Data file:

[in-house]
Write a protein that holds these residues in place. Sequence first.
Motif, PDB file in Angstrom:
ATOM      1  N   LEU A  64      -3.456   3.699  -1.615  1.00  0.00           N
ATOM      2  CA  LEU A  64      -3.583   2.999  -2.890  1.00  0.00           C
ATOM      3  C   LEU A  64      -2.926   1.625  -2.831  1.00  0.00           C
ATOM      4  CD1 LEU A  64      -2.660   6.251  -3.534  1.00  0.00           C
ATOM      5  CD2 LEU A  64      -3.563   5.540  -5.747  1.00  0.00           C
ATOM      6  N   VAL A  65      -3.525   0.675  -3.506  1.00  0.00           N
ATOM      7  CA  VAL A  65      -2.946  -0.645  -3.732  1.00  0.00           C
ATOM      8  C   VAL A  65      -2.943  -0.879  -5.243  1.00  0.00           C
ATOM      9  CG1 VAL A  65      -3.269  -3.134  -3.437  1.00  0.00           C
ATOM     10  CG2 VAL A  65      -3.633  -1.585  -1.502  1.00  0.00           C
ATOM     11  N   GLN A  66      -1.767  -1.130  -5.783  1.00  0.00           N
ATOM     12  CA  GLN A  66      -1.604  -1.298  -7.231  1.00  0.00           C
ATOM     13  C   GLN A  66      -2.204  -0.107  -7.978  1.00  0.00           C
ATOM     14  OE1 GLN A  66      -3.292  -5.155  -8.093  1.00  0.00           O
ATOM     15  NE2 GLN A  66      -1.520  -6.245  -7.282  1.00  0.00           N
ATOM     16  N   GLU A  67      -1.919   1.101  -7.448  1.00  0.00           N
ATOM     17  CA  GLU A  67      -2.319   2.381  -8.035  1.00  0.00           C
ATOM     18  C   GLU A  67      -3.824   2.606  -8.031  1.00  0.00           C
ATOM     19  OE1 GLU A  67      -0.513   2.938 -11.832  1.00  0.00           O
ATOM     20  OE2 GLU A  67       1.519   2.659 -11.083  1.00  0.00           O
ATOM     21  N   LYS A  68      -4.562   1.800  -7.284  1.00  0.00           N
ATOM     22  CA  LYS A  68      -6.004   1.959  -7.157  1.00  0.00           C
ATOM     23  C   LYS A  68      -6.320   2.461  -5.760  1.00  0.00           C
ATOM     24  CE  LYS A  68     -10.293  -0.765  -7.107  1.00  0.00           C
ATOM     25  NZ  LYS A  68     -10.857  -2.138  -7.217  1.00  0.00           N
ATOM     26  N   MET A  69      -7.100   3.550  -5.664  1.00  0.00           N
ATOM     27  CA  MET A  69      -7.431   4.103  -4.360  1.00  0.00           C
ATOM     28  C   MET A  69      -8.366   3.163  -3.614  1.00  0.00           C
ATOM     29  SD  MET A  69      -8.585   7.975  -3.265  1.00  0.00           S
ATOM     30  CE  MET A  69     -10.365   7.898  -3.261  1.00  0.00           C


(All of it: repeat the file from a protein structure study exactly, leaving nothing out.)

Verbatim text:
[in-house]
Write a protein that holds these residues in place. Sequence first.
Motif, PDB file in Angstrom:
ATOM      1  N   LEU A  64      -3.456   3.699  -1.615  1.00  0.00           N
ATOM      2  CA  LEU A  64      -3.583   2.999  -2.890  1.00  0.00           C
ATOM      3  C   LEU A  64      -2.926   1.625  -2.831  1.00  0.00           C
ATOM      4  CD1 LEU A  64      -2.660   6.251  -3.534  1.00  0.00           C
ATOM      5  CD2 LEU A  64      -3.563   5.540  -5.747  1.00  0.00           C
ATOM      6  N   VAL A  65      -3.525   0.675  -3.506  1.00  0.00           N
ATOM      7  CA  VAL A  65      -2.946  -0.645  -3.732  1.00  0.00           C
ATOM      8  C   VAL A  65      -2.943  -0.879  -5.243  1.00  0.00           C
ATOM      9  CG1 VAL A  65      -3.269  -3.134  -3.437  1.00  0.00           C
ATOM     10  CG2 VAL A  65      -3.633  -1.585  -1.502  1.00  0.00           C
ATOM     11  N   GLN A  66      -1.767  -1.130  -5.783  1.00  0.00           N
ATOM     12  CA  GLN A  66      -1.604  -1.298  -7.231  1.00  0.00           C
ATOM     13  C   GLN A  66      -2.204  -0.107  -7.978  1.00  0.00           C
ATOM     14  OE1 GLN A  66      -3.292  -5.155  -8.093  1.00  0.00           O
ATOM     15  NE2 GLN A  66      -1.520  -6.245  -7.282  1.00  0.00           N
ATOM     16  N   GLU A  67      -1.919   1.101  -7.448  1.00  0.00           N
ATOM     17  CA  GLU A  67      -2.319   2.381  -8.035  1.00  0.00           C
ATOM     18  C   GLU A  67      -3.824   2.606  -8.031  1.00  0.00           C
ATOM     19  OE1 GLU A  67      -0.513   2.938 -11.832  1.00  0.00           O
ATOM     20  OE2 GLU A  67       1.519   2.659 -11.083  1.00  0.00           O
ATOM     21  N   LYS A  68      -4.562   1.800  -7.284  1.00  0.00           N
ATOM     22  CA  LYS A  68      -6.004   1.959  -7.157  1.00  0.00           C
ATOM     23  C   LYS A  68      -6.320   2.461  -5.760  1.00  0.00           C
ATOM     24  CE  LYS A  68     -10.293  -0.765  -7.107  1.00  0.00           C
ATOM     25  NZ  LYS A  68     -10.857  -2.138  -7.217  1.00  0.00           N
ATOM     26  N   MET A  69      -7.100   3.550  -5.664  1.00  0.00           N
ATOM     27  CA  MET A  69      -7.431   4.103  -4.360  1.00  0.00           C
ATOM     28  C   MET A  69      -8.366   3.163  -3.614  1.00  0.00           C
ATOM     29  SD  MET A  69      -8.585   7.975  -3.265  1.00  0.00           S
ATOM     30  CE  MET A  69     -10.365   7.898  -3.261  1.00  0.00           C